This is how emotional breaches happen. Every single time a decision you take is even slightly influenced, you have lost your emotional equilibrium. The key step to defending yourself against such breaches, is recognizing the manipulation from the word go. If someone is constantly harping on about how much he does for you, he is manipulating you. The technique of PROI (Prediction, recognition, observation and Intuition) is extremely helpful in strengthening emotional self-defence. Your insight and judgement needs to be strong enough for you to predict X’s behaviour, recognize the harmful and manipulative elements, observe the behavioural patterns and pay attention to your instincts. One of the major mistakes people make while either buying a product or buying someone’s offer of ‘love’ is ignore instincts. If you feel, in your gut, that something isn’t right – it probably isn’t.

At the end, I would like to reiterate that everyone is trying to sell you something. It’s up to you to recognize whether you want it or not.

Chasing Life – Part 2

He asked me as if he knew what must have conspired between the two of us. He knew, I thought. There was no point in lying.

“Well, she uh..told me that her family had conspired to put her here. To get a share in her father’s property. She told me she didn’t really belong here”

He was quiet for a while. Then he said, “Dr. Neeti, All I can tell you is to be careful of what you believe of what comes out of these patients’ mouths. They’re smarter than you think”

I wondered for a moment if he was implicitly telling me that Smita was lying. Did he know more than he was letting on?

“Sir, you must have read her file. Is she lying to me?” I asked before I could stop myself.

He contemplated my question for a while before answering, “I can’t share the details unless the family approves. But I can tell you this – the events are true, per se. But what she said about her family’s intentions and her own..well, those are as clear to me as they are to you”

I felt even more confused than before. I wanted more details, and it seemed as though he understood my longing to know more, because he said, “I can understand how baffling this might be for you. But this is how it is. Intentions are the toughest to understand. Take it from someone who has been there, done that”

My brain was in overdrive and I heard his advice only distantly. I nodded vaguely and eventually said, “I want to have a look at her file. Let me know when her family approves”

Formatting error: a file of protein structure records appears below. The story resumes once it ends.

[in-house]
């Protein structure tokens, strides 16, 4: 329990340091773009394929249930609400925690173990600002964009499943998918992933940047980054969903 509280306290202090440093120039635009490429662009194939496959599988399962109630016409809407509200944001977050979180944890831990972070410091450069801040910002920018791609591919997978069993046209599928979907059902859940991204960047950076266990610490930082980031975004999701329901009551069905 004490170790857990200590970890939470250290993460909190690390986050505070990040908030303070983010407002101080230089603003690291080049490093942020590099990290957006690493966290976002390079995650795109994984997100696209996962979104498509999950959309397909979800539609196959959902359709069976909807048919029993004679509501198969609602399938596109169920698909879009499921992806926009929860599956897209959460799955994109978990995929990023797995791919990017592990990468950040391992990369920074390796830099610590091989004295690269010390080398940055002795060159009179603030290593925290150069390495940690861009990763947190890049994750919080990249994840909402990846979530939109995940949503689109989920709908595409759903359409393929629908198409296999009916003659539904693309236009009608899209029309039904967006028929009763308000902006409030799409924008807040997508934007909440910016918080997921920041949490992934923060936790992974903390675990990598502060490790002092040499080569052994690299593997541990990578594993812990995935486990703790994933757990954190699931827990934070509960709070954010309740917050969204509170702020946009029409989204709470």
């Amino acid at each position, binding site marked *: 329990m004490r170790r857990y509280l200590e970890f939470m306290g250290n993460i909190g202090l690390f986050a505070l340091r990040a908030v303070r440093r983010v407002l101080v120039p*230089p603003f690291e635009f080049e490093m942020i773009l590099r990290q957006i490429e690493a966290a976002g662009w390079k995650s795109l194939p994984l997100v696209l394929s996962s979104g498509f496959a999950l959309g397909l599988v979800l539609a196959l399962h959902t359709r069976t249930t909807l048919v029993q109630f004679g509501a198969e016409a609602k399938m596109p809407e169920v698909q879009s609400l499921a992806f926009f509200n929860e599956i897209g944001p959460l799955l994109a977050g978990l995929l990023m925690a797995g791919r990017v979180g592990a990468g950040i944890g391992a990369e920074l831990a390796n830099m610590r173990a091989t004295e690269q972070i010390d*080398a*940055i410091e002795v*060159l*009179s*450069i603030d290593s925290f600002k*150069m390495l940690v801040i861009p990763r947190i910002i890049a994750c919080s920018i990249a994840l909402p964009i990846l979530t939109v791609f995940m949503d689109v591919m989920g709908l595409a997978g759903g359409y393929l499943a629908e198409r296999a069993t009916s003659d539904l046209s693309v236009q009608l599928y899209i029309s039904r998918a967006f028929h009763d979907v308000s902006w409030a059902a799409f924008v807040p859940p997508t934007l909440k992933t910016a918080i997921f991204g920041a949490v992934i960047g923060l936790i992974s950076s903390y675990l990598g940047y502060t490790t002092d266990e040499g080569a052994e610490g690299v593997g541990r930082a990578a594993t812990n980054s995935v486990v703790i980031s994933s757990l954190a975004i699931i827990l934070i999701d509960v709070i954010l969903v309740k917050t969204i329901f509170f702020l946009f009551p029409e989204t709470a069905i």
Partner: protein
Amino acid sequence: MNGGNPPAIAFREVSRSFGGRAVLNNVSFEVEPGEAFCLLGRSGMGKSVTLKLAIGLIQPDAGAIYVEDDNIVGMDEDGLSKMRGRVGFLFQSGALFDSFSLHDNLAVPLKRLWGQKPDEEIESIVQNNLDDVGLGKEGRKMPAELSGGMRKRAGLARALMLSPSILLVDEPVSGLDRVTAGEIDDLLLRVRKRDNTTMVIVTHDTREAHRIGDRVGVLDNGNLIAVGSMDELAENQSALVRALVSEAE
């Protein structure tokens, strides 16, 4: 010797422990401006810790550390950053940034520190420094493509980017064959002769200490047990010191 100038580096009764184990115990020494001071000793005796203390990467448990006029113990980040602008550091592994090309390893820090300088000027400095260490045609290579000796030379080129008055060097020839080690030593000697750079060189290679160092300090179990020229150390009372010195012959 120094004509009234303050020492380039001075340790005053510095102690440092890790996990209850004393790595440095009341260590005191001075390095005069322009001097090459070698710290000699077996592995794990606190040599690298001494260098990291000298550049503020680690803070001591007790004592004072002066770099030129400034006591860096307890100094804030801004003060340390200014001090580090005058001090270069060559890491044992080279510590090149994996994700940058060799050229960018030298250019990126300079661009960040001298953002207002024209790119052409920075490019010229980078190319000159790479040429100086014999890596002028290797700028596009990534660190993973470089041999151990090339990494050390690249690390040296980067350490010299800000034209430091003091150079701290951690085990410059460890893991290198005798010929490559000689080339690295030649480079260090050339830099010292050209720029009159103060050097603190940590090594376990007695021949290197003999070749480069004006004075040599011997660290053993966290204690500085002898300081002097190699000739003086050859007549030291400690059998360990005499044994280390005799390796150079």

He nodded and said, “I’ll let you know as soon as possible”

With that, I took his leave and walked out of his office. I have 6 more days to go, I thought, maybe I’ll be able to figure it out by then.

There was no answer from her family over the next two days, but I still spent a lot of time with her and other patients in the wing. Smita, as it soon transpired, was a smart girl who loved reading literature and watching movies. She was in her second year of B.Com when she dropped out and decided to pursue her passion for writing full time. She showed a lot of her stories and articles that she had worked on after being admitted. I had to admit, she was quite talented. It was obvious that she was extremely passionate about what she did, because she went on talking about it for hours.

I met a few others patients who had rooms close by. Almost all of them parroted the belief that they didn’t belong here. Each one had a story to tell. But none of them convinced me as strongly as Smita had. It was not about what they said, in fact, 2 days later Smita’s story was still the most implausible one that I had heard; it was the vibe of hopelessness and misery that they carried around themselves that gave them away. Their eyes had the sort of blank look of being lost in limbo – of not knowing which path they would take if they were to start walking again. They smiled, but it was as mechanical as their routines.

Their routine included a daily hobby class where they were allowed to pursue a hobby of their choice from the list of given activities. It included chess, carom, painting, reading and a few outdoor sports like basketball and badminton. Everything happened under supervision. Everyone was thoroughly checked for any object that they might use to harm themselves at both the entry and exit. Reading, ofcourse, was Smita’s hobby of choice. But she soon became bored because there were more books about the economic development of India and biographies of politicians than literature. Another one of her favourite hobbies, she said, was playing cards.

“Each year at Diwali, I loved playing cards with Papa”, she said with a smile, “We invited a few good friends over and played all night”

I smiled back and said, “My family does that too. Except I’ve never played any card game before”

“Are you serious?” she said with a chuckle, “You haven’t played either Rummy, 3-2-5 or bluff ever?”

“I think I played bluff once, a few years ago. But I was pretty bad at it”

“Oh in that case I would love to play with you, it would give my ego a boost!” she said and we both started laughing.

“So they don’t have cards here?” I asked when the laughter had died down.

“No. I wish they did though, I would literally play all day!”

“With whom? Are there other people here who like to play?”

“I don’t know, but I’m sure there are”

At this point my phone buzzed and I excused myself to see what it was. It was Dr. Mohan’s message – ‘Please come to my office. Smita’s bua is here’

I wondered why she wanted to meet me. I had only requested to see her file, not meet her family personally.

“Hey Smita, I have to go to Dr. Mohan’s office. He says it’s important”, I said to Smita as I turned to face her.

“Okay, when am I seeing you next?”

“Tomorrow” I said with a smile.

As I walked towards Dr. Mohan’s office, I thought about why I had decided against telling Smita that I was going to meet her Bua. It was an instinctive decision and it had felt right. Maybe I just didn’t want to make it so obvious that I was on her side. Maybe because I had doubts about it myself.